After Nikki fell into a deep sleep, I would creep upstairs to Irene and Mr. Snyder’s room. They would be sitting up in bed, watching HBO. Irene wore her trademark dark pink terry robe and a faded tan from down the shore. Mr. Snyder was a little man with a stout hairy chest. They had their own private world—something I never saw with my parents. They emitted a homey warmth from their bedroom. With the heavy oak furniture and the worn carpeting, the room always reminded me of those shadowy restaurants along the Jersey roads.

The restaurants always intrigued me with their names: Bennigan’s, The Swiss Chalet, Publick House, O’Somethings. What happened inside of those places? From what I could see from the backseat of a car, their windows glowed goldenrod while burly people smelling like smoke and steak slowly oozed from the side doors into the parking lot. I would imagine that Irene and Mr. Snyder would sit down in one of these places and the food would come to their table in a slow daze. Everything would be a dark brown. There would be animal parts formerly used to grazing committed to a life of swallowing thickened glaze. A hollandaise sauce sporting a rubbery film and cabbage leaves tucked into a bubbling pool of cheese could be some complimentary side dishes. Regulars of the establishment would know to watch where they put their elbows for the occasional black olive and Thousand Island dressing runaway.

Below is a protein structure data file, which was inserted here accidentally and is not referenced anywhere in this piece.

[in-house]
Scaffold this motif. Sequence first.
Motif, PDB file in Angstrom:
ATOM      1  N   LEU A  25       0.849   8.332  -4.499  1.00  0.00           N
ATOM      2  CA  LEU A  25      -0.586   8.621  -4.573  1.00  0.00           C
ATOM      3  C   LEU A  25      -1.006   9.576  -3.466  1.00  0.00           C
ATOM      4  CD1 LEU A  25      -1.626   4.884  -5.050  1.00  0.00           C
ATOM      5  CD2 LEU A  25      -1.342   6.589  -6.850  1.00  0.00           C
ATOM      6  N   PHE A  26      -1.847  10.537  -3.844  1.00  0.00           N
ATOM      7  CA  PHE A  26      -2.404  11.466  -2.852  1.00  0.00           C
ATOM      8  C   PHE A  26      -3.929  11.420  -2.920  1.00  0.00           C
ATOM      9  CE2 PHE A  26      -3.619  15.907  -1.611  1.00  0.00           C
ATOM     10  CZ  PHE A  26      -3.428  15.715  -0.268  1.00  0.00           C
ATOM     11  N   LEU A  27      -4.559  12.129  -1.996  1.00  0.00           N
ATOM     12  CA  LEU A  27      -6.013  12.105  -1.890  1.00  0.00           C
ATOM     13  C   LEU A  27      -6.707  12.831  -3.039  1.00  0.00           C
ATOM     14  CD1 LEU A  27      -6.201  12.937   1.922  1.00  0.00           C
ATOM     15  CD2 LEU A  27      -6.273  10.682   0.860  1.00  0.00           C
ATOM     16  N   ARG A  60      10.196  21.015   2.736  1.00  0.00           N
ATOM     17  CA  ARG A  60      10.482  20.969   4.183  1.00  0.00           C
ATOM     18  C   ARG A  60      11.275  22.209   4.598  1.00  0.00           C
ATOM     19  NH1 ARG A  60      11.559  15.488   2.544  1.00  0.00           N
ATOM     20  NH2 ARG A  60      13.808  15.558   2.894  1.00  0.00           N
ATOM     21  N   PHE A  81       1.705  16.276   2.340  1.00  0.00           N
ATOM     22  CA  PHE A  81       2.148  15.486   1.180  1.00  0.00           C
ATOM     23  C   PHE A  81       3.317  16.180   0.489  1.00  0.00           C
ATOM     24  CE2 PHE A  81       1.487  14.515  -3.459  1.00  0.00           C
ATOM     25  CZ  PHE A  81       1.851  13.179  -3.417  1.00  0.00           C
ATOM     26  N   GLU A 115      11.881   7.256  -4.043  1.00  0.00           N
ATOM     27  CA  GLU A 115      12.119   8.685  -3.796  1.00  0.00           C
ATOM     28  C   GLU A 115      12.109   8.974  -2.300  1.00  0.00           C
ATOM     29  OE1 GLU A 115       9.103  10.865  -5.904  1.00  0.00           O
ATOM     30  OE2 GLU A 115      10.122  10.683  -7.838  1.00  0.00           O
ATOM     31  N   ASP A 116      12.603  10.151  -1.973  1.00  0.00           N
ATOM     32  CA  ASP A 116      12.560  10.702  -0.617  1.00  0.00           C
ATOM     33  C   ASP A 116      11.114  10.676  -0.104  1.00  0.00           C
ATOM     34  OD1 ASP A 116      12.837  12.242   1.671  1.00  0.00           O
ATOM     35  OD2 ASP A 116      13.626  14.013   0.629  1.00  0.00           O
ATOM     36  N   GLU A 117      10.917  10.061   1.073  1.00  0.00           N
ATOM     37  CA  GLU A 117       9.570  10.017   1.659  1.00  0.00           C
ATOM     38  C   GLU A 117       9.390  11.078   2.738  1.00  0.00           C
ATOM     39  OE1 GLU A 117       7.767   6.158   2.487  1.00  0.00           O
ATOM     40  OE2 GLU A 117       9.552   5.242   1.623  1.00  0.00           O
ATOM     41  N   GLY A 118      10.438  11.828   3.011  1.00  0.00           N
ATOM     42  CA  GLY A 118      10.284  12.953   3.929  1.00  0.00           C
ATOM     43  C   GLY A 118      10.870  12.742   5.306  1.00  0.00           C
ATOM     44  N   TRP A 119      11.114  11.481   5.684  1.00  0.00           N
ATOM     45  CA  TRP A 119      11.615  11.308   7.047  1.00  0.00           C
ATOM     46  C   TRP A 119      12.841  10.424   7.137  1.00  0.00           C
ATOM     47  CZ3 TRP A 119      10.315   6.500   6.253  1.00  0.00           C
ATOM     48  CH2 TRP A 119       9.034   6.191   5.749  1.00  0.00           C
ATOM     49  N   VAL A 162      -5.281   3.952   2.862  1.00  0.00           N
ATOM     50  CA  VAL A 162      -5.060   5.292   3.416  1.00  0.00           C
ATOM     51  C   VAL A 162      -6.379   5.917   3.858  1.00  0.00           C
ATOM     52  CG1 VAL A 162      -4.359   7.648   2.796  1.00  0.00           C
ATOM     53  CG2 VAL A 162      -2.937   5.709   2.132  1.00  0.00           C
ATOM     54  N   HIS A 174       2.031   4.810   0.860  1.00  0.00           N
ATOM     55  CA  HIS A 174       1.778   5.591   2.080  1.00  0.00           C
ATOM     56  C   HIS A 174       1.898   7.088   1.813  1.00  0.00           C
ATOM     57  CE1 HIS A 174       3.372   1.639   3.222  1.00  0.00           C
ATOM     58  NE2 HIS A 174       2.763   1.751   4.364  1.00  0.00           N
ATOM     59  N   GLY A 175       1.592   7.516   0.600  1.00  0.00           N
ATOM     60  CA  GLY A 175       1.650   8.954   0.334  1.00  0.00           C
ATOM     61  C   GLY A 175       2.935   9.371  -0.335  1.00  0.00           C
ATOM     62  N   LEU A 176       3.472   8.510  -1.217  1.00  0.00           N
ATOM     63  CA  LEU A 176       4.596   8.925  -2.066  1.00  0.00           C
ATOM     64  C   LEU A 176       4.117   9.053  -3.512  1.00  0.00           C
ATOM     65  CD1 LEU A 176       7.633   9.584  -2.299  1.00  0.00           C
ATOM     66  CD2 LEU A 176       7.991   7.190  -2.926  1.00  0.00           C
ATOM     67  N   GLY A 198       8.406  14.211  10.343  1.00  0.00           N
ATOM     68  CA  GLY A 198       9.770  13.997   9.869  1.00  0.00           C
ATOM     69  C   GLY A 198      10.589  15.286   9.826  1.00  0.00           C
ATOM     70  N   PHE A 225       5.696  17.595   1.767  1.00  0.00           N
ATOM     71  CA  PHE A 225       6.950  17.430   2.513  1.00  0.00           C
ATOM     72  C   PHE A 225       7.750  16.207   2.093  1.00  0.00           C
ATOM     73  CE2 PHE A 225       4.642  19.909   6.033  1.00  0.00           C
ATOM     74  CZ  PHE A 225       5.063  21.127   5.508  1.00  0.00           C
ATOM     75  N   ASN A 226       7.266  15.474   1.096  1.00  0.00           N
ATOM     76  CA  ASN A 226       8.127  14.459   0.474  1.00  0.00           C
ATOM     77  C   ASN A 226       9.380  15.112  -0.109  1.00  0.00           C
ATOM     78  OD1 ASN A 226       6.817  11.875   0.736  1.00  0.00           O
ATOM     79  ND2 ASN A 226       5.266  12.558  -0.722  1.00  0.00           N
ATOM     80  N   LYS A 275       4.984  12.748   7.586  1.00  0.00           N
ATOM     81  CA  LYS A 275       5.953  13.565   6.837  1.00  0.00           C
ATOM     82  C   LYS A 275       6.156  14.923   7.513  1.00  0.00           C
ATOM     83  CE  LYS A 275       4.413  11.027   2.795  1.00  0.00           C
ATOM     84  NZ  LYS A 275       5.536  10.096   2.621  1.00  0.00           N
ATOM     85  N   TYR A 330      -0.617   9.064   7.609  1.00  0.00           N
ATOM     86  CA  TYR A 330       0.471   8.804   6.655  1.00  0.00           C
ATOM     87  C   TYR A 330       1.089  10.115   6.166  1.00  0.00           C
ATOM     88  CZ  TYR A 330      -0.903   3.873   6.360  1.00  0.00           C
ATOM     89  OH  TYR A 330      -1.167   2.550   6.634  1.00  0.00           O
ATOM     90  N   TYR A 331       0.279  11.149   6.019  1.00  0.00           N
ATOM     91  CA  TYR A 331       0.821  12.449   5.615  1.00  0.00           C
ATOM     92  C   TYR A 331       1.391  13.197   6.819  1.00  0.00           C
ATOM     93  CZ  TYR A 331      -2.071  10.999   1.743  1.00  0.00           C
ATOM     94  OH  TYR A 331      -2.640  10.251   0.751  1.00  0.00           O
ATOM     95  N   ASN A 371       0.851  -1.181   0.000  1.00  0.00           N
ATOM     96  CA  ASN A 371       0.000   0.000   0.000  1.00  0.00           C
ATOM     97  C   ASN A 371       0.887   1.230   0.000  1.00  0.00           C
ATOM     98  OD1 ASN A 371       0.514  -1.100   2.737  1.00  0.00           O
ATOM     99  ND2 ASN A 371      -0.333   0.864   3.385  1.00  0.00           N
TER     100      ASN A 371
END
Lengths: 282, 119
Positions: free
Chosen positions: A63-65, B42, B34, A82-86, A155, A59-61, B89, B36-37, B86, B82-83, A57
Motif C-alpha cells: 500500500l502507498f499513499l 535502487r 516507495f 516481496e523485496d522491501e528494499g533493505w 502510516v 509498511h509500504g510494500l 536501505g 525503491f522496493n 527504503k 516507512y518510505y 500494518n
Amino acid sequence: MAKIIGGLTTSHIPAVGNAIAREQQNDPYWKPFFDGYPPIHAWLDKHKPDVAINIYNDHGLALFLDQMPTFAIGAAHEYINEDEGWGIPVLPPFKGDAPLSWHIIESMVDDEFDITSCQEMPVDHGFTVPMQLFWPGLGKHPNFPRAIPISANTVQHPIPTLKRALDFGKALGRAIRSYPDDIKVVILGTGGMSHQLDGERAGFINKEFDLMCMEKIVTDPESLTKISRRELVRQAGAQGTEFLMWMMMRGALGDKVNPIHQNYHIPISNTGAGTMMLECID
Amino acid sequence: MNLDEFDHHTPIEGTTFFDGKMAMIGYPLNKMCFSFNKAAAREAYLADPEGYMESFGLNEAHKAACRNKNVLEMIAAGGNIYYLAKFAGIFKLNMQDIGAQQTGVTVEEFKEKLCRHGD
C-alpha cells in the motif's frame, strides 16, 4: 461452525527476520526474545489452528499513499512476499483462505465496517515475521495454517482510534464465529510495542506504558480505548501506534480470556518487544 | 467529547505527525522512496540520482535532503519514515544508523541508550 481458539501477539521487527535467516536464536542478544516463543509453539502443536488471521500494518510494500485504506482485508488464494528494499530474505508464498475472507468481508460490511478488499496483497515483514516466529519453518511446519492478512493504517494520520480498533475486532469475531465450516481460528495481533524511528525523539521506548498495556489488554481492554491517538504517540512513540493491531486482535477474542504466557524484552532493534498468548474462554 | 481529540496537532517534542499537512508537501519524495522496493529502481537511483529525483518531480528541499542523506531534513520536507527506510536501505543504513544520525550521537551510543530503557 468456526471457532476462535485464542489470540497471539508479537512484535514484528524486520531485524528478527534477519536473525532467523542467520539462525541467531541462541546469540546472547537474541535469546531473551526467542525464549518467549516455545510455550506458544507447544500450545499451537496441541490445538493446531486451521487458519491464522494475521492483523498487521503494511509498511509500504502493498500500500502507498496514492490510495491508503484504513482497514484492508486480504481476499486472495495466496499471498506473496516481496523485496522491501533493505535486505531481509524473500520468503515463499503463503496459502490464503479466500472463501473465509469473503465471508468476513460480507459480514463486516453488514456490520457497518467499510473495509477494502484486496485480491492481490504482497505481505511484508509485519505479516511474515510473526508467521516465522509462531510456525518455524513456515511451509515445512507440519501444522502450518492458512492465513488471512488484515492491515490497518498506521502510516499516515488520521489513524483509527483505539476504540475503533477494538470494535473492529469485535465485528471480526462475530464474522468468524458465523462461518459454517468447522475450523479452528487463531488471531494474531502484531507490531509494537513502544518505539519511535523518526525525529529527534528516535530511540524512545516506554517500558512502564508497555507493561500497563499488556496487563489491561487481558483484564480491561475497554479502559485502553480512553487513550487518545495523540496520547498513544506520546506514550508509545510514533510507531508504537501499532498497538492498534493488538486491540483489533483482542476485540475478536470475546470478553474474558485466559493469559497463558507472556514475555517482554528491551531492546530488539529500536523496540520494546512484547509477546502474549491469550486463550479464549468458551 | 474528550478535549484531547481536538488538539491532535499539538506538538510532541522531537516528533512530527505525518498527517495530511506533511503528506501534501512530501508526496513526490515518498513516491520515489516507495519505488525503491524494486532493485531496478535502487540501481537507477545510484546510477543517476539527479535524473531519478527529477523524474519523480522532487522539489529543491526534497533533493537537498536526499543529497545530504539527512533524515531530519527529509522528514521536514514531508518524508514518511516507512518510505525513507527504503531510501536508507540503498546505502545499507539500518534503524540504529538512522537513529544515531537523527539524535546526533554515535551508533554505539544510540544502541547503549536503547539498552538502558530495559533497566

They wouldn’t start eating right away, and the aroma from the dishes could saturate their matching sweaters for weeks. He would hold her hand, and they would admire the table settings of a professional establishment with even more fanfare than they could stuff on their table at home. Perhaps there would be a small oil lamp flickering, lighting potatoes poking out from the pot roast and uniform squares of melting butter.